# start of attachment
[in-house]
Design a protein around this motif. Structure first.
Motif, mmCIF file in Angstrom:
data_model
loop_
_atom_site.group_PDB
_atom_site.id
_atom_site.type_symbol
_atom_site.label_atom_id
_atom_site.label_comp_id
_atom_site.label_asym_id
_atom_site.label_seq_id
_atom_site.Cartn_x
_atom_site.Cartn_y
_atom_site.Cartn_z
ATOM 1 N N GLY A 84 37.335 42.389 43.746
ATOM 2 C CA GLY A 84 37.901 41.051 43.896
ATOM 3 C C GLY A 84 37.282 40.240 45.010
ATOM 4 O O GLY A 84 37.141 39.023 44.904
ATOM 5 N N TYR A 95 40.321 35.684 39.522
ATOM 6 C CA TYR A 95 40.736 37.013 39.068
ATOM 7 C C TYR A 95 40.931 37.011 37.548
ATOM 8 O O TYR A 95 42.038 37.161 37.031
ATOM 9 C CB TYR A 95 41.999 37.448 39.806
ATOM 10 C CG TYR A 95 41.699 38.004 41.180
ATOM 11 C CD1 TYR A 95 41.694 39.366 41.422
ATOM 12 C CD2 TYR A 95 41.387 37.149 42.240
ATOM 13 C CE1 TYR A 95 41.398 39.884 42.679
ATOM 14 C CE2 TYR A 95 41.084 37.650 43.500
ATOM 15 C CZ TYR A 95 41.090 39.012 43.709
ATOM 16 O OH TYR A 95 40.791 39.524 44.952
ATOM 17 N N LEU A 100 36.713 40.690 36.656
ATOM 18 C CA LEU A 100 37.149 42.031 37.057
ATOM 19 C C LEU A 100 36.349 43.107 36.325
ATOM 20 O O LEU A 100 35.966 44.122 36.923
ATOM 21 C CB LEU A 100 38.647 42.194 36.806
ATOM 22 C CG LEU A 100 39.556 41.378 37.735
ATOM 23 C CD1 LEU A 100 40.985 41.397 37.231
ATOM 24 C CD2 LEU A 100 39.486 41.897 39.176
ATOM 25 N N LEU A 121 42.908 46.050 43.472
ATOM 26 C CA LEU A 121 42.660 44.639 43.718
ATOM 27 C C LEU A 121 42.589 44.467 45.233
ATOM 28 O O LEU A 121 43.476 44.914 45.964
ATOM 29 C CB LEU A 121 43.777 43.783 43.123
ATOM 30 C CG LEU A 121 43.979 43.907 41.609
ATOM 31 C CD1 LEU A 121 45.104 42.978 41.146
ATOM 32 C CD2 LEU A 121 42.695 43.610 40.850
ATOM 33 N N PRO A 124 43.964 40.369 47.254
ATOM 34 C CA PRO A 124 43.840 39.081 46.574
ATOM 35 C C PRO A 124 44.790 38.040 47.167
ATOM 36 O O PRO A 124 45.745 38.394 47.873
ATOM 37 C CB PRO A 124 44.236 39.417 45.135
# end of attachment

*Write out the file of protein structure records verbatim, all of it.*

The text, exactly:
[in-house]
Design a protein around this motif. Structure first.
Motif, mmCIF file in Angstrom:
data_model
loop_
_atom_site.group_PDB
_atom_site.id
_atom_site.type_symbol
_atom_site.label_atom_id
_atom_site.label_comp_id
_atom_site.label_asym_id
_atom_site.label_seq_id
_atom_site.Cartn_x
_atom_site.Cartn_y
_atom_site.Cartn_z
ATOM 1 N N GLY A 84 37.335 42.389 43.746
ATOM 2 C CA GLY A 84 37.901 41.051 43.896
ATOM 3 C C GLY A 84 37.282 40.240 45.010
ATOM 4 O O GLY A 84 37.141 39.023 44.904
ATOM 5 N N TYR A 95 40.321 35.684 39.522
ATOM 6 C CA TYR A 95 40.736 37.013 39.068
ATOM 7 C C TYR A 95 40.931 37.011 37.548
ATOM 8 O O TYR A 95 42.038 37.161 37.031
ATOM 9 C CB TYR A 95 41.999 37.448 39.806
ATOM 10 C CG TYR A 95 41.699 38.004 41.180
ATOM 11 C CD1 TYR A 95 41.694 39.366 41.422
ATOM 12 C CD2 TYR A 95 41.387 37.149 42.240
ATOM 13 C CE1 TYR A 95 41.398 39.884 42.679
ATOM 14 C CE2 TYR A 95 41.084 37.650 43.500
ATOM 15 C CZ TYR A 95 41.090 39.012 43.709
ATOM 16 O OH TYR A 95 40.791 39.524 44.952
ATOM 17 N N LEU A 100 36.713 40.690 36.656
ATOM 18 C CA LEU A 100 37.149 42.031 37.057
ATOM 19 C C LEU A 100 36.349 43.107 36.325
ATOM 20 O O LEU A 100 35.966 44.122 36.923
ATOM 21 C CB LEU A 100 38.647 42.194 36.806
ATOM 22 C CG LEU A 100 39.556 41.378 37.735
ATOM 23 C CD1 LEU A 100 40.985 41.397 37.231
ATOM 24 C CD2 LEU A 100 39.486 41.897 39.176
ATOM 25 N N LEU A 121 42.908 46.050 43.472
ATOM 26 C CA LEU A 121 42.660 44.639 43.718
ATOM 27 C C LEU A 121 42.589 44.467 45.233
ATOM 28 O O LEU A 121 43.476 44.914 45.964
ATOM 29 C CB LEU A 121 43.777 43.783 43.123
ATOM 30 C CG LEU A 121 43.979 43.907 41.609
ATOM 31 C CD1 LEU A 121 45.104 42.978 41.146
ATOM 32 C CD2 LEU A 121 42.695 43.610 40.850
ATOM 33 N N PRO A 124 43.964 40.369 47.254
ATOM 34 C CA PRO A 124 43.840 39.081 46.574
ATOM 35 C C PRO A 124 44.790 38.040 47.167
ATOM 36 O O PRO A 124 45.745 38.394 47.873
ATOM 37 C CB PRO A 124 44.236 39.417 45.135